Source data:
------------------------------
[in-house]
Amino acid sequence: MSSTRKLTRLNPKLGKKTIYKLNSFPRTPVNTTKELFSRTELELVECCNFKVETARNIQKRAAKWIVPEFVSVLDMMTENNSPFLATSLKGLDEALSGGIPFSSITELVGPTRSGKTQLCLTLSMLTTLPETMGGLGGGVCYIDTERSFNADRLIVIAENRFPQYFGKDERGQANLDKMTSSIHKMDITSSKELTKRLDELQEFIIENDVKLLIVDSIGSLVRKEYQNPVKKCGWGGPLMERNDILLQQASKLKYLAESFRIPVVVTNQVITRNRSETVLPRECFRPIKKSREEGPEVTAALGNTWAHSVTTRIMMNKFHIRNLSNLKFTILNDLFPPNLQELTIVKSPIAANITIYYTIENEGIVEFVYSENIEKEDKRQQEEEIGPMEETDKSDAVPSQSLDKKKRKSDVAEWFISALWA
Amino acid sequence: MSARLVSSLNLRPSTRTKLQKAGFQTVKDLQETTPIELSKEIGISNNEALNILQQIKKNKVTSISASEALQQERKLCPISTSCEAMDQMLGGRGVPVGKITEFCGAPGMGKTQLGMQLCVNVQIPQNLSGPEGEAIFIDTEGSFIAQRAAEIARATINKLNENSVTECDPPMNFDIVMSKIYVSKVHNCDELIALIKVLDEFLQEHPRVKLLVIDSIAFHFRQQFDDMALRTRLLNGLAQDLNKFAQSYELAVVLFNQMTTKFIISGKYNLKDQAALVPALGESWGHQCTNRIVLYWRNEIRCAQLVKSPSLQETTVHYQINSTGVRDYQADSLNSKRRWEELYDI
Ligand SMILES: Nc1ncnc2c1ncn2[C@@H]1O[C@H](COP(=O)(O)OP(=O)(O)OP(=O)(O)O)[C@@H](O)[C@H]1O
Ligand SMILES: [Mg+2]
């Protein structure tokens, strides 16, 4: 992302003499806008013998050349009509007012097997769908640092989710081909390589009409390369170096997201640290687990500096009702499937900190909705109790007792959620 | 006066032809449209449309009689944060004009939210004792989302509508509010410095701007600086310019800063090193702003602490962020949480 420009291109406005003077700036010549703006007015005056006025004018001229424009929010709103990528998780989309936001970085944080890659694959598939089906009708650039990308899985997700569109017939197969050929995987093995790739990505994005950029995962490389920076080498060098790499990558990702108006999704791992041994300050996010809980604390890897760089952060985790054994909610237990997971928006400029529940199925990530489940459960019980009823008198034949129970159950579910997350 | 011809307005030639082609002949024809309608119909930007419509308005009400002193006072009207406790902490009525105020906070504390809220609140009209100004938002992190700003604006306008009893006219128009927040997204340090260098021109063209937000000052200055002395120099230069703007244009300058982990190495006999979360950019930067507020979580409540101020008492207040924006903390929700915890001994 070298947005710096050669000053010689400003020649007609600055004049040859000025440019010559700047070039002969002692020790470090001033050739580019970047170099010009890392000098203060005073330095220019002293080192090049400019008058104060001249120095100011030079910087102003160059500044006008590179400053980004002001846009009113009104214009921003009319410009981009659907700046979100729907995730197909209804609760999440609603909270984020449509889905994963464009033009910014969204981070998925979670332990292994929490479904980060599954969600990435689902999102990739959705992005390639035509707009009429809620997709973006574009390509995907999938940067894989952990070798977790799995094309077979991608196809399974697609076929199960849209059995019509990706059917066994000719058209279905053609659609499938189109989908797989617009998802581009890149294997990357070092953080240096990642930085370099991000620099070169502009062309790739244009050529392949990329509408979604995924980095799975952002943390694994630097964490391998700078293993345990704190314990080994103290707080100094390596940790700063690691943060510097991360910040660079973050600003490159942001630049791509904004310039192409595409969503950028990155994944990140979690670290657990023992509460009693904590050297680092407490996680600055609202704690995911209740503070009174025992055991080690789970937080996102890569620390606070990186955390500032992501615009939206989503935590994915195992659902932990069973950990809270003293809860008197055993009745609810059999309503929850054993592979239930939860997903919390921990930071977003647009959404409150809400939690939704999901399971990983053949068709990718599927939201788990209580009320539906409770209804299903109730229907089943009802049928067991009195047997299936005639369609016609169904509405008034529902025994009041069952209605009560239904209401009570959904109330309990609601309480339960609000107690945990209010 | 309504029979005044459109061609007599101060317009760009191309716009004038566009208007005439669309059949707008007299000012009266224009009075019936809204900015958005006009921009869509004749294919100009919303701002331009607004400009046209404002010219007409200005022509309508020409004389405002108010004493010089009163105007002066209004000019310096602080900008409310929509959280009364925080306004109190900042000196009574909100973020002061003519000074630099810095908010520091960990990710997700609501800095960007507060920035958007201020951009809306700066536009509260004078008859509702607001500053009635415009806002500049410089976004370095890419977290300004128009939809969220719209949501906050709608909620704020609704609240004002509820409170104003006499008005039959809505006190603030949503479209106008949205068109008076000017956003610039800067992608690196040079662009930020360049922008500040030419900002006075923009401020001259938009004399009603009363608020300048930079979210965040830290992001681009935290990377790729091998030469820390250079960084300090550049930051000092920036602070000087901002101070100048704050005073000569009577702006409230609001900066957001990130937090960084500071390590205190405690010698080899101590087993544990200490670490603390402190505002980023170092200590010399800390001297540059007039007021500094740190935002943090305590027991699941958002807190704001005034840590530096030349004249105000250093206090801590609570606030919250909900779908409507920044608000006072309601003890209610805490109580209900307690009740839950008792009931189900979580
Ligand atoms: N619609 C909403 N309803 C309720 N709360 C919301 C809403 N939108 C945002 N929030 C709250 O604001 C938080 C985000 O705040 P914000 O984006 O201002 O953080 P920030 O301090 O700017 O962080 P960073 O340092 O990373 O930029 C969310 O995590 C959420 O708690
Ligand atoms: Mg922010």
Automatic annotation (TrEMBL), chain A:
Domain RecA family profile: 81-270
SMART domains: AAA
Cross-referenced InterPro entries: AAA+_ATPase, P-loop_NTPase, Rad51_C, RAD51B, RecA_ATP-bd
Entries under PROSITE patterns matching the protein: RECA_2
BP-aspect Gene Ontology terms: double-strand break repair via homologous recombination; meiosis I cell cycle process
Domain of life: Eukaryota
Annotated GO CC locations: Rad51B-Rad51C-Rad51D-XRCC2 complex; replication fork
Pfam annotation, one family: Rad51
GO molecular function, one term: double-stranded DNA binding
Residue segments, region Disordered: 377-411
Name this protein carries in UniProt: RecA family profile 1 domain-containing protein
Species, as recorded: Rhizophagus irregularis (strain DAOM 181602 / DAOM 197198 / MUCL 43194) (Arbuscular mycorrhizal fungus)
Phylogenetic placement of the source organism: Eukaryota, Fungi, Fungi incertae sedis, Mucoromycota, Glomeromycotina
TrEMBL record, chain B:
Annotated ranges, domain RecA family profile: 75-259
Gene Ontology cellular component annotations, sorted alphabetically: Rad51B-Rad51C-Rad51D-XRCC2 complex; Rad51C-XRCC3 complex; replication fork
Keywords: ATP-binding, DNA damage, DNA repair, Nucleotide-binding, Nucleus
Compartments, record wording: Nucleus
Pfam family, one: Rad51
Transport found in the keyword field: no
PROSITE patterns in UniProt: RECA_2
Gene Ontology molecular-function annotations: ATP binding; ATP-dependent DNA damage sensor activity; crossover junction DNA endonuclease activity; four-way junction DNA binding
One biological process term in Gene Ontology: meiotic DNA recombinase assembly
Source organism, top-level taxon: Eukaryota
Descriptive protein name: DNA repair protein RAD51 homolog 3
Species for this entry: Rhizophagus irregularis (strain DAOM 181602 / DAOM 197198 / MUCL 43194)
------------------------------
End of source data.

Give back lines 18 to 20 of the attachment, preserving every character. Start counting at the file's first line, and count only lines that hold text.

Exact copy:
GO molecular function, one term: double-stranded DNA binding
Residue segments, region Disordered: 377-411
Name this protein carries in UniProt: RecA family profile 1 domain-containing protein